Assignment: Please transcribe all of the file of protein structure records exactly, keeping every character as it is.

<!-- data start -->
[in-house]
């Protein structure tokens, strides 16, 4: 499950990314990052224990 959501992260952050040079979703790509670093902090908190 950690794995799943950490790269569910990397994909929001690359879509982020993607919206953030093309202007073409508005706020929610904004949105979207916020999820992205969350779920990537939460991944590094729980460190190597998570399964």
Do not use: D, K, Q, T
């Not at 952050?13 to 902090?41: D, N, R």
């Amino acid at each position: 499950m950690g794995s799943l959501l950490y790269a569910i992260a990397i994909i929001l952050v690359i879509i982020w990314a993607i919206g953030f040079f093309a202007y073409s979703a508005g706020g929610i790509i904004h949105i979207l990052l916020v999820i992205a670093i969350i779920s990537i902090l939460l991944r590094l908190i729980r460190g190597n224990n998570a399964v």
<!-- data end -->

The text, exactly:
[in-house]
């Protein structure tokens, strides 16, 4: 499950990314990052224990 959501992260952050040079979703790509670093902090908190 950690794995799943950490790269569910990397994909929001690359879509982020993607919206953030093309202007073409508005706020929610904004949105979207916020999820992205969350779920990537939460991944590094729980460190190597998570399964």
Do not use: D, K, Q, T
């Not at 952050?13 to 902090?41: D, N, R």
């Amino acid at each position: 499950m950690g794995s799943l959501l950490y790269a569910i992260a990397i994909i929001l952050v690359i879509i982020w990314a993607i919206g953030f040079f093309a202007y073409s979703a508005g706020g929610i790509i904004h949105i979207l990052l916020v999820i992205a670093i969350i779920s990537i902090l939460l991944r590094l908190i729980r460190g190597n224990n998570a399964v």